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This is the “Stryker” light armored infantry carrier, with the optional 105mm canon on top. The Stryker is made by General Dynamics (see the color brochure). The U.S. Army has ordered two thousand of these vehicles, at two to three million dollars each. Total payments to General Dynamics will exceed five billion dollars.

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In this WWII photo three German soldiers are manning a .50 caliber Browning captured from the enemy. Today’s M2HB machine gun is a direct descendant of the Browning. The bullets are half an inch in diameter and a little more than three inches long. You feed belts of 100 into it and it spits out ten rounds per second. The range is amazing. With the right ammunition you can pierce half-inch steel armor from a quarter-mile away. Even from two miles, you can still kill people, if you can see them. Or even if you can’t.

Now, about the price. The gun costs $14,000, but this is minor compared to what you’re going to spend on ammo. The plain old “ball” type rounds are $200 a belt. (That’s 100 rounds, to be fired off in about ten seconds.) If you want incendiary, armor-piercing, or tracer capability — and of course you do — we’re talking ten dollars per shot or $1000 for one belt.

Of course the Nazis had their own weapons. Lots of them.

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These poor doomed people are on their way to a concentration camp. The caption at Zwoje-Scrolls.com reads:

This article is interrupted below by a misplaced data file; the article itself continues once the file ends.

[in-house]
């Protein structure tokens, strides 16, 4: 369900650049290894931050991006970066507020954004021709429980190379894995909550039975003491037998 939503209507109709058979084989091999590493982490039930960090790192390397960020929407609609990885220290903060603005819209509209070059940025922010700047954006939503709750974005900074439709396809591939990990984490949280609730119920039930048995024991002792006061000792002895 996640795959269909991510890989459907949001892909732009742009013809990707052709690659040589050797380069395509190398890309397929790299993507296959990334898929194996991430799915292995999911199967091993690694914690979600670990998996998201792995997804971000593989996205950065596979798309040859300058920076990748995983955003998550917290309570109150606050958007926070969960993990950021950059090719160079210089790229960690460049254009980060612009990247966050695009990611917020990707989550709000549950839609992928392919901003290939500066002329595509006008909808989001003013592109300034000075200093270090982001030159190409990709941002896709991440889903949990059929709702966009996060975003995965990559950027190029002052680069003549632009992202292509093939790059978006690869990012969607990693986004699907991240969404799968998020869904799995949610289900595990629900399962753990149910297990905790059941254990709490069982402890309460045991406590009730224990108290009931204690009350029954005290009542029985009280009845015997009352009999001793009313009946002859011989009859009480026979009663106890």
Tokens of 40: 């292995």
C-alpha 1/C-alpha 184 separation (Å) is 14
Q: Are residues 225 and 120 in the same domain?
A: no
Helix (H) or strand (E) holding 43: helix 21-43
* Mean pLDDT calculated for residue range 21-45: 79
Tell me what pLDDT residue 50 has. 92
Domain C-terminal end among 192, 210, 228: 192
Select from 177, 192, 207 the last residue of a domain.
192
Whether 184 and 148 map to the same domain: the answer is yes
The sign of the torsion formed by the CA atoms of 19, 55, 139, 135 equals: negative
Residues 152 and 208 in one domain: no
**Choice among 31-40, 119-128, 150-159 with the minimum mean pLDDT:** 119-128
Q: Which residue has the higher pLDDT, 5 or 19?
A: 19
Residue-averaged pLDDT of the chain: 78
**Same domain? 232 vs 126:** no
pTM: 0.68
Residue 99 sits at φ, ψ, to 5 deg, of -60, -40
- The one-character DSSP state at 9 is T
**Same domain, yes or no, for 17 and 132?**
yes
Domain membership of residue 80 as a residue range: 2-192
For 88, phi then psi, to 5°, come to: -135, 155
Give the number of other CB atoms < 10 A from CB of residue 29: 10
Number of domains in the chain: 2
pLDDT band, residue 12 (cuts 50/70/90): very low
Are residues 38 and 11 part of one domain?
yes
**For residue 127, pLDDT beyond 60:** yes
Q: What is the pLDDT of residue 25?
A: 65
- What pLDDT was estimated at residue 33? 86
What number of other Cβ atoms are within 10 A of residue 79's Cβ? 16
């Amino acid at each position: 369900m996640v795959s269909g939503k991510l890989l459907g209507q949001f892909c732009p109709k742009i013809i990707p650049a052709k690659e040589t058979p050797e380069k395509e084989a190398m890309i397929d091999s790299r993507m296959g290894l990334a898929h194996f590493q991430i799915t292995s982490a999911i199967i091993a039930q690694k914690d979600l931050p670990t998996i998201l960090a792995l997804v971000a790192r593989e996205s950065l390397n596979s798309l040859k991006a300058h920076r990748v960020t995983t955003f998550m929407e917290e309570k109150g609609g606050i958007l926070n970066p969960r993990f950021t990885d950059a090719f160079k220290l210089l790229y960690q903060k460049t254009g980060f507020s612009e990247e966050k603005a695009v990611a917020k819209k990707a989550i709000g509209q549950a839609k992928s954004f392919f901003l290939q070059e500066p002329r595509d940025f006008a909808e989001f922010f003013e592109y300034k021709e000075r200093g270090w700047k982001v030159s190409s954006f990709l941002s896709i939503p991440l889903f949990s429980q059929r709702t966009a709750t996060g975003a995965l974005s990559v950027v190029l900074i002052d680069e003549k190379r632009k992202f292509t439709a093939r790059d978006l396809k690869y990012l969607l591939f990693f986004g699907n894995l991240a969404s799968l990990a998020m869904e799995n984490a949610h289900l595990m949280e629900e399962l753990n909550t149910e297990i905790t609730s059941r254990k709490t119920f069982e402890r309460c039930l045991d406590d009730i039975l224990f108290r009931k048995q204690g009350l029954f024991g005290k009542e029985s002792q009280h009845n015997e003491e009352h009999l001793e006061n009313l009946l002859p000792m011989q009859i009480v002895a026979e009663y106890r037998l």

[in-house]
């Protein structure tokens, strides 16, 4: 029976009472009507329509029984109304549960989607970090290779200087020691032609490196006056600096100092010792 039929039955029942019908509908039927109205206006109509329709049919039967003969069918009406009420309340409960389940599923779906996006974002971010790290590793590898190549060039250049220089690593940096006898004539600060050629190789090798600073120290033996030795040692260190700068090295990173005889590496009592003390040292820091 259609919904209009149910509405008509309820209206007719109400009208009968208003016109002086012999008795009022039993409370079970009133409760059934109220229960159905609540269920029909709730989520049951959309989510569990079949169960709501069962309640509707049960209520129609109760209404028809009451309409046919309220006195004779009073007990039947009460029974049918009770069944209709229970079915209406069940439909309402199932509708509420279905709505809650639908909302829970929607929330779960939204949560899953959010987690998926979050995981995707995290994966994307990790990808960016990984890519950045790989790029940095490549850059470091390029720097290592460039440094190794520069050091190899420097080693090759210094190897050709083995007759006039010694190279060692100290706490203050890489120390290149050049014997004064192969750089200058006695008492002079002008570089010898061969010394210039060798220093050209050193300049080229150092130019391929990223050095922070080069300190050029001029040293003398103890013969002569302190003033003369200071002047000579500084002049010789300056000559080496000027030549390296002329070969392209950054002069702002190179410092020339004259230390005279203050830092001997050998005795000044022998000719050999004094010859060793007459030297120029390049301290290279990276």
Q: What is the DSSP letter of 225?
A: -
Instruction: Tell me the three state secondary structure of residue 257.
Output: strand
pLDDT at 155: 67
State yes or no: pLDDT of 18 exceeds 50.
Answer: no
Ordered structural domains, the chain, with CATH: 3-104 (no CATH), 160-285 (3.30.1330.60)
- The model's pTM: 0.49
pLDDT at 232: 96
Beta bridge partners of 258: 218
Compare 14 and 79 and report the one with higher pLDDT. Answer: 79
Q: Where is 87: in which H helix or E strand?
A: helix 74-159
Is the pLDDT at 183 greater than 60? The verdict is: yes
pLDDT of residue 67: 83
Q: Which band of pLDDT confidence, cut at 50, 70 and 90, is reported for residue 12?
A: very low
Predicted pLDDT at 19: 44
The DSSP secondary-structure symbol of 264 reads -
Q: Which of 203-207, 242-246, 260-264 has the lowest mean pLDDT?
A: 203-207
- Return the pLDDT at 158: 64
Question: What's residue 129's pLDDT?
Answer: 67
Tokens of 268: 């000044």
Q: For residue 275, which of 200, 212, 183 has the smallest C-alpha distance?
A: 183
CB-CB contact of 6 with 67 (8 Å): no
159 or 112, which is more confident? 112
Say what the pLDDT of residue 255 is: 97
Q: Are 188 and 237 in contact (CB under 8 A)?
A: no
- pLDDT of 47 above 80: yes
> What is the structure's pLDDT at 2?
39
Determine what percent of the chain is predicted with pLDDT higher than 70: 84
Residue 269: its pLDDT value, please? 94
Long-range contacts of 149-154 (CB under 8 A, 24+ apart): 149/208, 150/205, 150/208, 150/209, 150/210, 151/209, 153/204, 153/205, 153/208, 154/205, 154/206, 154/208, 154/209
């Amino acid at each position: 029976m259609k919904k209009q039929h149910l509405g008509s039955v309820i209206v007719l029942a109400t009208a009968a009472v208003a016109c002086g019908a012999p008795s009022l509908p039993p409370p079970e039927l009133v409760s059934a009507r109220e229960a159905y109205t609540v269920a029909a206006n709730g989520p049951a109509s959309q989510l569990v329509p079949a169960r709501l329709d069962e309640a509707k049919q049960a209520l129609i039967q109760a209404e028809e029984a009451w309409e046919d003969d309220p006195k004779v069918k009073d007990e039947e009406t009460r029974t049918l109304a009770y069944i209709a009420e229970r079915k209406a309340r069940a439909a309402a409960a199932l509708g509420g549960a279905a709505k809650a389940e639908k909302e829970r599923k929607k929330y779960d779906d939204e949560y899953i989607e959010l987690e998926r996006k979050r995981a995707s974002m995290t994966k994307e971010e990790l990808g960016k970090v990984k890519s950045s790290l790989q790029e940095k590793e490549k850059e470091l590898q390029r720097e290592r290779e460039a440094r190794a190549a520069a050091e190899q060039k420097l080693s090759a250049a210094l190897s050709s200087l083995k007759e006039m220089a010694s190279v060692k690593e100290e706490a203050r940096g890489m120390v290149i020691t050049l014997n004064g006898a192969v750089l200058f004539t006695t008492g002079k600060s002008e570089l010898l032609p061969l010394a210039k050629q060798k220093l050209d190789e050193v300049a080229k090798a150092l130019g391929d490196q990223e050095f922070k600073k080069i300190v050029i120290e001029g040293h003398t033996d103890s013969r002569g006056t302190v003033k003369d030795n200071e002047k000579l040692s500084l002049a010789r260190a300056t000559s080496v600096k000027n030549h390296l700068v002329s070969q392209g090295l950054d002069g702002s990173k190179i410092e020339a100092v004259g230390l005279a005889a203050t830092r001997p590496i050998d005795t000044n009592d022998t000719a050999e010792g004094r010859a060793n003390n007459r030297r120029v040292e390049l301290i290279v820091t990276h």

The eastbound deportation of 995 Jewish inhabitants of the German town of Würtzburg on April 25, 1942. They would be transfered to the transit camps in Trawniki and Izbica and eventually to the death camp in Belzec in Nazi occupied Poland.

Now, why are they just walking along quietly? Why not run away? — or, why not gang up on the guards and overpower them? Maybe this is a complex issue but one thing is for sure: the guards have guns and the prisoners do not. One move in the wrong direction and you’ll be shot. Shooting you is actually easy for the guy with the gun. I mean, it’s no trouble. He pulls a little lever with one finger and a bullet flies out faster than sound. Before you can hear the report you’re already hit. Now in a few seconds you’ll be crippled or dead. That’s what a gun does. There’s no way a regular human being can compete with it, so most won’t take the risk.

Without their rifles so few guards would not have been able to hold so many prisoners. So where did those rifles come from? To answer simply and pragmatically: some people designed them, other people made them, and some other people sold them to the army.

The standard weapon for such guards was the Mauser Karabiner 98K rifle.